Just a quick word on what are, in my experience, the unlikely explanations for why that one [BLEEP]in’ competitor outranks you:

  • “They’ve got 170 more citations than I have.”
  • “Their site is mobile-responsive.”
  • “Their site is so optimized!”

Those things are easy.  Sure, they usually factor into your rankings, but they won’t separate the sheep from the goats.

Any questions or observations?  Leave a comment!


  1. Phil: That is an excellent review. I think its difficult to fully ascertain these points in an analysis. One that is possibly extremely relevant but very difficult to ascertain is point 3. How do YOU KNOW if the other entity is getting more clicks? Very difficult to tell. Suppose they have a great catchy radio or print media campaign that keeps their name in the public eye all the time. How do I know how often they get clicked on?

    Over many years, simply through adwords we monitor the volume of name searches of competitors. We do bid directly on their names though we don’t bid aggressively. All we want is some “read” on how strong their name recognition is. Is it better or worse than ours? If its better we try and get our name out more in more ways to have the “best” name recognition.

    Does that count or matter? I’m not sure though and in what way. If we are a carpet cleaning service as with one of the examples above…suppose we get more name and direct clicks than a competitor. Does that matter? Suppose the competitor gets more clicks for a discovery phrase such as “family law”. Does that give them the “edge”.

    I freaking don’t know. Do you have any idea???

    Again…nice review

    • So as not to risk a typing-related injury, for now let me leave it at:

      (1) I agree it’s difficult (or impossible) to say for sure who has higher click-through and why.

      (2) I wouldn’t be surprised if Google cares about multiple kinds of click-through – clicks for brand-name vs. discovery searches.

      (3) Again, some of this is conjecture on my part.

  2. Phil, excellent summation on the local phenomenon. My clients are mostly in the medical industry (plastic surgery) and often times we see drastic changes in the local positioning. What sends my clients into a tizzy is when a brand new doctor, perhaps only months out of fellowship, launches a website and spikes to the top. My clients who may have been in practice for 20 years freak out thinking their SEO is awful, etc.

    I can’t reiterate enough how #6 is a huge factor. As marketers we tell our clients constantly that they should be testing. How can we not expect Google to do the same? A few days go by and results return to normal (or not, which I attribute to CTR) and the client settles back down.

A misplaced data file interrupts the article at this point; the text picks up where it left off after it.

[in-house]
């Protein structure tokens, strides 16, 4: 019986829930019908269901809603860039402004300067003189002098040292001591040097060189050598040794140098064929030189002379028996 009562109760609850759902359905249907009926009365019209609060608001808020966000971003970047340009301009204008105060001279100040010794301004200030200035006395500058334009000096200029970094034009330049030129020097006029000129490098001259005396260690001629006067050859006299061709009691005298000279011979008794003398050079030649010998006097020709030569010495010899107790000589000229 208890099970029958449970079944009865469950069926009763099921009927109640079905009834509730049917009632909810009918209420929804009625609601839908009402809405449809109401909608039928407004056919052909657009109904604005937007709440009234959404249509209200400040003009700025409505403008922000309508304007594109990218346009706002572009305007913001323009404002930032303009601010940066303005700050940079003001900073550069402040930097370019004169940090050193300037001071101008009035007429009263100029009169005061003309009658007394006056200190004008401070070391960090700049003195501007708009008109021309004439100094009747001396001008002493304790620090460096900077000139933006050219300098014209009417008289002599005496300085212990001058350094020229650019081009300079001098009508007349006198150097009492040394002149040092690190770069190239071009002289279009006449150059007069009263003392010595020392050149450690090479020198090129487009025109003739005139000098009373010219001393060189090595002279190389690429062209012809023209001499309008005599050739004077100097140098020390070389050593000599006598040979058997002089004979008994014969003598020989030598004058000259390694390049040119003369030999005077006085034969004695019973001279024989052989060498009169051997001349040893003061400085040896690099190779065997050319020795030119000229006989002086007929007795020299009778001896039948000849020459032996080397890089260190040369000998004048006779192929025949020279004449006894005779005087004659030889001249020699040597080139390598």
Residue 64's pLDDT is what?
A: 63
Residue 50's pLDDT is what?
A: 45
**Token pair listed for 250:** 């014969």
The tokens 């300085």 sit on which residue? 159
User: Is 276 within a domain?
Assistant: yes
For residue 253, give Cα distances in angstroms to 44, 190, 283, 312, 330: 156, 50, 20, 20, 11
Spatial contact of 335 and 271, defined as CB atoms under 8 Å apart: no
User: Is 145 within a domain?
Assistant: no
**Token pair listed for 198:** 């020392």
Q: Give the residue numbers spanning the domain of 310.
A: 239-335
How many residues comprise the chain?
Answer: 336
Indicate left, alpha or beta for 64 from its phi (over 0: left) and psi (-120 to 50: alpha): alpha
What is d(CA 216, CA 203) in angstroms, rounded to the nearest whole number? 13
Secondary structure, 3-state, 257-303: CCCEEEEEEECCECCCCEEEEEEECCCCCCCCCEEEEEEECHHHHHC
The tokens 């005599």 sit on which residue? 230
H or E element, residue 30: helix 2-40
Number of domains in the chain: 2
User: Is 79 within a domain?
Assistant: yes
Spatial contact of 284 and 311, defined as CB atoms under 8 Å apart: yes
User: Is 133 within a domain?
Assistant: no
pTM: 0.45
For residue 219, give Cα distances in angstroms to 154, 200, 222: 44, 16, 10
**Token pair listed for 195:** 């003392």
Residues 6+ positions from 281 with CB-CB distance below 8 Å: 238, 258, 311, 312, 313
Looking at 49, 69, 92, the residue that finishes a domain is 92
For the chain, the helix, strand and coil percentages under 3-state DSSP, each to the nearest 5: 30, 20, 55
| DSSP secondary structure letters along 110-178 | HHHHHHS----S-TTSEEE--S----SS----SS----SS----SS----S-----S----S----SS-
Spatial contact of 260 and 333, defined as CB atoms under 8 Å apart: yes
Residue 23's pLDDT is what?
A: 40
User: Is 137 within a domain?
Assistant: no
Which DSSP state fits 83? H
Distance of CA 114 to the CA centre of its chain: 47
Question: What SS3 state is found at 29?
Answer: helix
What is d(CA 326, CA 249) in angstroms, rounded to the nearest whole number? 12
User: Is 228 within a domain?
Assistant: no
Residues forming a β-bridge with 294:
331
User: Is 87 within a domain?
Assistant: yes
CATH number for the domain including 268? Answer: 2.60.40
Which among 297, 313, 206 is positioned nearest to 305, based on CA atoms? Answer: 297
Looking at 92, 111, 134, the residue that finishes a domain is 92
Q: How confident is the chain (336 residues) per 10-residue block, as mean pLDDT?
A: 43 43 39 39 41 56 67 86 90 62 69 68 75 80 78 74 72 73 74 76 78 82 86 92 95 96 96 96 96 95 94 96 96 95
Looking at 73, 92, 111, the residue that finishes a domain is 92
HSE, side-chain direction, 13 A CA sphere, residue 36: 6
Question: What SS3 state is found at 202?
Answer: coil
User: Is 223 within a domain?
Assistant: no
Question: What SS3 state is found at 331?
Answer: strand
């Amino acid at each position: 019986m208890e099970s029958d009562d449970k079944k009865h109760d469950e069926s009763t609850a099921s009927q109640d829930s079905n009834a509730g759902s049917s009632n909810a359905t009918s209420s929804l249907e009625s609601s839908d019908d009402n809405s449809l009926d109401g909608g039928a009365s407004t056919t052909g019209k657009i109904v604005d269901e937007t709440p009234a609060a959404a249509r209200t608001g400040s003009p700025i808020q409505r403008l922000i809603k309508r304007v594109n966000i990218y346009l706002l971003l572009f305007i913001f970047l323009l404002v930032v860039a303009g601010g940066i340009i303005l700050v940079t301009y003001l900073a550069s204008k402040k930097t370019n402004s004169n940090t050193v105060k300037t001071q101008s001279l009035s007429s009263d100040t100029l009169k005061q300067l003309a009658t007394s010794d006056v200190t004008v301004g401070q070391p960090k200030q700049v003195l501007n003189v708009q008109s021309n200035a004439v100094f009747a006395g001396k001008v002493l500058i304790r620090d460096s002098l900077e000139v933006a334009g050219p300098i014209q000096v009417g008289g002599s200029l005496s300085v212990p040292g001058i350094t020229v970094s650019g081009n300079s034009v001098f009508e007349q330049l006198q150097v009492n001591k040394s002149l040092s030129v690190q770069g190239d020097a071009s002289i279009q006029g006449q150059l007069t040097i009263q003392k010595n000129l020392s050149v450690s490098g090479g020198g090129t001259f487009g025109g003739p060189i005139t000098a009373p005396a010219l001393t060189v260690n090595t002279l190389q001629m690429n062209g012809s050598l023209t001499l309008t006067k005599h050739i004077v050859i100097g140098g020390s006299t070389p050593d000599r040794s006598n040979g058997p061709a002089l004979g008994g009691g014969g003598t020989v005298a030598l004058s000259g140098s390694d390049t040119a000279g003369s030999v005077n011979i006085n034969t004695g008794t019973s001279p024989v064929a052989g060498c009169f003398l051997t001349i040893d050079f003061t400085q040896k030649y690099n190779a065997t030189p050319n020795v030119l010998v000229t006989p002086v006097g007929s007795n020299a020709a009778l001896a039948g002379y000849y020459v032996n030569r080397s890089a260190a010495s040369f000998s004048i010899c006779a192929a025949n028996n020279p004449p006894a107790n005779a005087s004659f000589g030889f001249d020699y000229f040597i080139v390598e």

Question for you: How do you handle the competition claiming it IS the “unlikely” explanations causing the problem? In my industry my clients are bombarded daily with the idea that “more citations are better” and “Your site isn’t optimized.” I regularly get the, “But Doug, if all of these people are saying it then isn’t it possible that they’re right?” While I know it’s BS and mostly from spammers or shady agencies, it’s hard to combat the constant pings from the [BLEEP]’in competition.

    • Well-said, Doug.

      My response to a client like that would be (and occasionally is): “Go ahead and build as many citations as you want and optimize your site as you see fit. Let me know if that gets you where you want to go.”

  3. Such a good and telling post, Phil. One that deserves to be shared.

    I will say, I am still struggling with your domain vs. landing page concept. The user experience does seem poor to me. Why? Consider that by shooting the customer from the GMB listing to the homepage, you are expecting them to find that link or blurb you reference, and then click on it. So, we’re two clicks in now – one on the GMB website link and then a second on a homepage/nav link to the landing page (or in the case of a business with dozens or hundreds of location, having to type something into a store locator).

    I’m not confident that users mightn’t be lost in that process, and you’d have to be able to prove that this two click or click-then-type process isn’t losing enough users to make the poor usability a genuine concern.

    So, the equation we’d have to weigh would be: if the stronger domain yields a spot one or two places higher in the pack, does the amount of traffic this generates overcome any loss of users who don’t want to have to seek out the store location specific to them? And, ultimately, are conversions being lost because the user isn’t being instantly directed from the listing to a landing page that is geared to their exact needs?